One Touch of Venus is a light-hearted fantasy and comedy, a type of film that used to be far more prevalent than it is now and one that keeps its audience smiling from start to finish as a statue comes to vivid life.
Starring Ava Gardner as the titular goddess, she has arguably never been more beautiful, nor as funny as she is in this film despite starring in dozens of them over more than forty years. When in scene, she is definitely the center of attention, stealing the spotlight and it is obviously by design, but even if it were not, it would be hard to avert one’s eyes from her, so captivating is her presence. Robert Walker stars opposite Gardner, the man often appearing in comedies such as this and excelling at them more than anything else, though just as able in a drama or any type of picture he would lend his talents to. To his credit, he does his best and he is quite hilarious at times as the befuddled leading man, but next to Gardner, he pales in comparison, the woman absolutely commanding the stage. Suffice it to say, Gardner is the main takeaway from the film but the supporting cast also shines quite brightly with Dick Haymes as best friend to Walker’s Eddie Hatch, Olga San Juan as Hatch’s girlfriend who soon finds true love with Haymes, Tom Conway as the beleaguered boss who owns the department store where everything takes place and the genius Eve Arden whose killer one-liners keep the laughs rolling along throughout the entirety of the movie.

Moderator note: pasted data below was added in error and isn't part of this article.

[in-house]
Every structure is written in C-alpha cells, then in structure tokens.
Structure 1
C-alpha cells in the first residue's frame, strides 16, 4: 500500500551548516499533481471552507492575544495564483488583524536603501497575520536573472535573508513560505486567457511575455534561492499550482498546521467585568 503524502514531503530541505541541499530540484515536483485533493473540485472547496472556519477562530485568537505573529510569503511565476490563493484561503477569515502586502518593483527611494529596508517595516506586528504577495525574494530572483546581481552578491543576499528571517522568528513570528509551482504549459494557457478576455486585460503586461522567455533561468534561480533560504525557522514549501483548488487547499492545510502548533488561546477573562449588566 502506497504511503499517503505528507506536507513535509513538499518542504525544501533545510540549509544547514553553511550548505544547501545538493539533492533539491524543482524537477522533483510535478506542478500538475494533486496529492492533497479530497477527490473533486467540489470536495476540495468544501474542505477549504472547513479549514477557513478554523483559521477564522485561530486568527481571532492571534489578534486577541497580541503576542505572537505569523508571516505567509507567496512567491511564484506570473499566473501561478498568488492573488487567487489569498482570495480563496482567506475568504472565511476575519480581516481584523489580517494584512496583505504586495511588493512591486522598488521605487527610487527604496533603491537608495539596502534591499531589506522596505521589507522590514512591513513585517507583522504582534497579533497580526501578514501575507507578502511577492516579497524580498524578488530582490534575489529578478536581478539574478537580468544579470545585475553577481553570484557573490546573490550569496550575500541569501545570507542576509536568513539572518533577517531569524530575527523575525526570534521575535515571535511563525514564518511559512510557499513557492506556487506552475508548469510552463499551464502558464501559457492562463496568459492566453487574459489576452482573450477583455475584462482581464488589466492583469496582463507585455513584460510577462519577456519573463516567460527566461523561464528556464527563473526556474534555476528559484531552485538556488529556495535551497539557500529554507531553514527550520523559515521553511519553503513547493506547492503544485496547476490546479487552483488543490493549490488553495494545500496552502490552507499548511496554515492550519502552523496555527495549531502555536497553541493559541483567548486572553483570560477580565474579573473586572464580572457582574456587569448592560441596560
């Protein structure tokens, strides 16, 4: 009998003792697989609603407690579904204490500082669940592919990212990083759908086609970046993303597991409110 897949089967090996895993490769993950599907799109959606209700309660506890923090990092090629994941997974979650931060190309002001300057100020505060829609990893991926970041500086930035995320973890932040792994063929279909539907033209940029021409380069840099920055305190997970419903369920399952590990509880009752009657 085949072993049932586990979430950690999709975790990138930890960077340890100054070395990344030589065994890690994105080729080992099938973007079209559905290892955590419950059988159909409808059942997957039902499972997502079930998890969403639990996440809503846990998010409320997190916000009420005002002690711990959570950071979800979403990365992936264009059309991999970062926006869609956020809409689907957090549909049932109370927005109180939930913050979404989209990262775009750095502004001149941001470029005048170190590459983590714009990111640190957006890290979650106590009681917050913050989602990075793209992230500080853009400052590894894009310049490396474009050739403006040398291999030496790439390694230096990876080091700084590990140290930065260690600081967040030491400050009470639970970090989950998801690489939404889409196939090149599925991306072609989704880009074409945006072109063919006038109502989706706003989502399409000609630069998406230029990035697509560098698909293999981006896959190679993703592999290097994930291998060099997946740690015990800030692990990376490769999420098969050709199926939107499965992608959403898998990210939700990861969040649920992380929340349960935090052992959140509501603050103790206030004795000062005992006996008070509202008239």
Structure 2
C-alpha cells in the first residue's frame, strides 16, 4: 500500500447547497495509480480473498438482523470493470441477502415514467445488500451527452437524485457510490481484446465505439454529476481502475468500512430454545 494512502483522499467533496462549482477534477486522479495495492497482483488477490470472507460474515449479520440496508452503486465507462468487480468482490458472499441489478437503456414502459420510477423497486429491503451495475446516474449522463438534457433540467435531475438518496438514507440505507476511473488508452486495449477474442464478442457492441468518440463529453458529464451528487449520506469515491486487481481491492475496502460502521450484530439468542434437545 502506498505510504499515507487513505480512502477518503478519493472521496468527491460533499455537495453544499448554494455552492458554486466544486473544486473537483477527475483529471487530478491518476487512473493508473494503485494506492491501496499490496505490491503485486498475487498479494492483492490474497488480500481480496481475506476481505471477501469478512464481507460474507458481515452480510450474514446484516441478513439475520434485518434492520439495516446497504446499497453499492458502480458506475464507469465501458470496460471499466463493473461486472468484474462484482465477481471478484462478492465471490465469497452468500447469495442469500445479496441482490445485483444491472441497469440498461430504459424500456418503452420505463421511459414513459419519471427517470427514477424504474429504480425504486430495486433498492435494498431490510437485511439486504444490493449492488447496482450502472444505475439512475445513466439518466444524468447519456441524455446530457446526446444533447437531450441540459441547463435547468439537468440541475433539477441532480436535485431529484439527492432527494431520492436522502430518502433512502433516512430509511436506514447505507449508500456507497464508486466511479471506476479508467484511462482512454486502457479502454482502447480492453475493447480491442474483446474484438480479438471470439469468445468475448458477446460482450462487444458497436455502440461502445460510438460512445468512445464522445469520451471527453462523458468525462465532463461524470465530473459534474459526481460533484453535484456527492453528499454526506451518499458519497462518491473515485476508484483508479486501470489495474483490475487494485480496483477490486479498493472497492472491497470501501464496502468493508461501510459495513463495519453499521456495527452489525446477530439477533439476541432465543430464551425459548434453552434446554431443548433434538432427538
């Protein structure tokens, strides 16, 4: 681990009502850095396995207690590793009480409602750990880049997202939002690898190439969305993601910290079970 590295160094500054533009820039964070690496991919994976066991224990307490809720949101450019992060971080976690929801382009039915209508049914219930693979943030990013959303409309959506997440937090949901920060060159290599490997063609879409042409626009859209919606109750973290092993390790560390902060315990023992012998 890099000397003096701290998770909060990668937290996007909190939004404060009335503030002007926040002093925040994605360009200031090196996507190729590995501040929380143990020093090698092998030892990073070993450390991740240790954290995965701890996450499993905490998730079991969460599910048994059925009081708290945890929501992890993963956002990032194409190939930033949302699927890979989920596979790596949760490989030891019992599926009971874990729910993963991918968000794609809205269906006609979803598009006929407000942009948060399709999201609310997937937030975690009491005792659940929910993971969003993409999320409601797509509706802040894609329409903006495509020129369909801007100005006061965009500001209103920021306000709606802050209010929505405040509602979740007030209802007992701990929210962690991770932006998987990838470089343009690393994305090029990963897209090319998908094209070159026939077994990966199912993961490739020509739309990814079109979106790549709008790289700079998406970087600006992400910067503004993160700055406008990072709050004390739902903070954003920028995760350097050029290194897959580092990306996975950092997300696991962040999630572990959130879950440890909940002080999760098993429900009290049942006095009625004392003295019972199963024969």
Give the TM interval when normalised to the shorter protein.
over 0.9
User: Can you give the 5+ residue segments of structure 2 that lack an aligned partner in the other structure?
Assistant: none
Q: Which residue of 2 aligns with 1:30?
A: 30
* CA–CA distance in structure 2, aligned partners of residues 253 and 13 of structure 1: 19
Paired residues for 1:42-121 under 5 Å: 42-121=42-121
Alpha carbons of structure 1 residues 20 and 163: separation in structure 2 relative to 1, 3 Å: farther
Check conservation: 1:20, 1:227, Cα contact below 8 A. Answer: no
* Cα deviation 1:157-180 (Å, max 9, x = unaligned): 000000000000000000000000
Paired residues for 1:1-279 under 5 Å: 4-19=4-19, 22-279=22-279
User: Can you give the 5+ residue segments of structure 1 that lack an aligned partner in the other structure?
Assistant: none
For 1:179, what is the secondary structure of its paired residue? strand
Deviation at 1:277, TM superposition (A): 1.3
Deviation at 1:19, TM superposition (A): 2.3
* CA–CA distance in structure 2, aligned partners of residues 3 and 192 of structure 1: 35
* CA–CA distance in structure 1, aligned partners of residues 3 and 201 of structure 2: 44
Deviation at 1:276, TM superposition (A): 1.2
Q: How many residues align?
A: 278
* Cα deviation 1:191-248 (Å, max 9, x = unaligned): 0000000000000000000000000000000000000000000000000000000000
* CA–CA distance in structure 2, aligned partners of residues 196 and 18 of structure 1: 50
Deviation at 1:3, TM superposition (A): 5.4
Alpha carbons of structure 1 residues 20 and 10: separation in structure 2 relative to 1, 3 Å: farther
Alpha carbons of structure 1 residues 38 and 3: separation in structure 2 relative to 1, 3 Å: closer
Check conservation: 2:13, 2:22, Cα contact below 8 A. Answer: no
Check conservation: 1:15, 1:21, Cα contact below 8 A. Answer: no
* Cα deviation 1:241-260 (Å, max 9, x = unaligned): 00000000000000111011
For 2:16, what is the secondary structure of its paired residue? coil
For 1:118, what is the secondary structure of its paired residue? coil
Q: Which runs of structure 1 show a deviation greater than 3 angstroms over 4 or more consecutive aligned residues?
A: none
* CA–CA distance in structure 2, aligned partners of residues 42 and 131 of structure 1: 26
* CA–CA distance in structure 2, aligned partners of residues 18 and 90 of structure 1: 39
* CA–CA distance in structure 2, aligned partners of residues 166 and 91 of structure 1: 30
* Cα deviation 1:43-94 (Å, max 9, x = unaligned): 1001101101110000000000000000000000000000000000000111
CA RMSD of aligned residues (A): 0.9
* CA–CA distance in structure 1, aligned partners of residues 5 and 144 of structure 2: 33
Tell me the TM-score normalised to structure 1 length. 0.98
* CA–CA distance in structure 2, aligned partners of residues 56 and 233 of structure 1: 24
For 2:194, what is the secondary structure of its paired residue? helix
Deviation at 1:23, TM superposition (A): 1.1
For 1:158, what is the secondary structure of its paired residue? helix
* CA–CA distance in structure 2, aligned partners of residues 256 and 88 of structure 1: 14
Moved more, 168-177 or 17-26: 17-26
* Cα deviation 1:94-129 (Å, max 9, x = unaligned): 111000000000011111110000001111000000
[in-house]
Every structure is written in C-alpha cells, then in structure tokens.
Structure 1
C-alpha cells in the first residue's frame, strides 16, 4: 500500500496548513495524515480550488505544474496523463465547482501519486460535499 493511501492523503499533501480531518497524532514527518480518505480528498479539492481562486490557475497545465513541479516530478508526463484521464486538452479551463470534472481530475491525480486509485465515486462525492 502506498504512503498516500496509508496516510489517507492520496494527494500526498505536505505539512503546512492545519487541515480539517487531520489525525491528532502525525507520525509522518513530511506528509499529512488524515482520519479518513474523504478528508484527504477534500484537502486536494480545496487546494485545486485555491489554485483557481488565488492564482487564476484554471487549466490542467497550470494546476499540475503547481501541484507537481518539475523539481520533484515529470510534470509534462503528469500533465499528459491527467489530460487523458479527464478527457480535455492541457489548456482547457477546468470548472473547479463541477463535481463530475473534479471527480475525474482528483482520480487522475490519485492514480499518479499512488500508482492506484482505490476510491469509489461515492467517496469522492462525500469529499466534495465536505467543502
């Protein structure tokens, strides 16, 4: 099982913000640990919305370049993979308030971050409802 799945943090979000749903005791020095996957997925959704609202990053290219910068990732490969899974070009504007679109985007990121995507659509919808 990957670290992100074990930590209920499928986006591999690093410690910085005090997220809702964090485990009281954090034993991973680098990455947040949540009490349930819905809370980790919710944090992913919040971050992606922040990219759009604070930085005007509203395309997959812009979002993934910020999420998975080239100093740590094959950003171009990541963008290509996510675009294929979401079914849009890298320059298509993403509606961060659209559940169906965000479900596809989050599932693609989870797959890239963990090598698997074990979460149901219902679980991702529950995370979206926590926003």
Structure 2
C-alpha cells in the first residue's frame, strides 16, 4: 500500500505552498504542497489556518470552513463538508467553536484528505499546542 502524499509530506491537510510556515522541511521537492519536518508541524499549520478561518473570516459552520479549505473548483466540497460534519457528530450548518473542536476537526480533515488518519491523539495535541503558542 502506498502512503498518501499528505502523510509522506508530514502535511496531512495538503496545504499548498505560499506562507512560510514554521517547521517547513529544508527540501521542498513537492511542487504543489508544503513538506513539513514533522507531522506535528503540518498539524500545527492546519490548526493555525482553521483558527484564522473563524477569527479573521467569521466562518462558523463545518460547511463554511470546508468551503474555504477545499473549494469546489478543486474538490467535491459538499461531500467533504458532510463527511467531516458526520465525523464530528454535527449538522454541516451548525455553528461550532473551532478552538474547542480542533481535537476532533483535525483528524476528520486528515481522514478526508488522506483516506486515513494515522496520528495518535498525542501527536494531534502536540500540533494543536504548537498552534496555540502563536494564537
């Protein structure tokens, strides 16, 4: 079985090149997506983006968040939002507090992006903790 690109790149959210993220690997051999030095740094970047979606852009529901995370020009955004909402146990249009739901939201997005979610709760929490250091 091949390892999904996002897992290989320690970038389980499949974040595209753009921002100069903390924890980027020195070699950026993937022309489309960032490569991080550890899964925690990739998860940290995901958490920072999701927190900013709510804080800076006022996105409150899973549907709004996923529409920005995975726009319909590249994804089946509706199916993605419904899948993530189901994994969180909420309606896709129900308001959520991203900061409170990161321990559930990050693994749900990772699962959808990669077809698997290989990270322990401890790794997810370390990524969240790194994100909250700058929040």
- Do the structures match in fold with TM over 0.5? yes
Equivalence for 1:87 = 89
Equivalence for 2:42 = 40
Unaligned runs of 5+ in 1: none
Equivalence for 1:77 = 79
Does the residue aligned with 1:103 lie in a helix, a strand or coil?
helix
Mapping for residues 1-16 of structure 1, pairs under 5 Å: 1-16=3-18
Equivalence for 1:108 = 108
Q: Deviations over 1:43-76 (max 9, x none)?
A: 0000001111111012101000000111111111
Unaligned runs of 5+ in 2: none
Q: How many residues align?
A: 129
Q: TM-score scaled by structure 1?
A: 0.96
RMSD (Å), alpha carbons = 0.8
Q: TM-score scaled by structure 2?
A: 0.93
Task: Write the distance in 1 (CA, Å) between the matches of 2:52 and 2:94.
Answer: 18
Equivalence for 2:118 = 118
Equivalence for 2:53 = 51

Based upon the musical of the same name and directed by William A. Seiter, the film also contains a few musical numbers with Speak Low being the standout, though Gardner would only mime. Haymes of course would sing throughout, the man’s voice being as good as ever and the musical numbers would balance out the comedy and the drama perfectly, complimenting rather than hampering with the movie only featuring a few of them unlike the stage play it was derived from. Harry Kurnitz and Frank Tashlin would write a smart script and with such a talented cast bringing it all to life, there is not a single moment the audience would dare to miss.
From beginning to end, whether surrounded by a multitude of cast members in the park or alone on the screen with Walker, Gardner would shine as the Goddess of Love in a fantasy that one cannot help but enjoy. Walker and Arden and the rest are fantastic, but this is Gardner’s film more than anyone else’s and though she would go on to many more roles throughout her life, both on screen and off, One Touch of Venus would remain one of her very best.
5 out of 5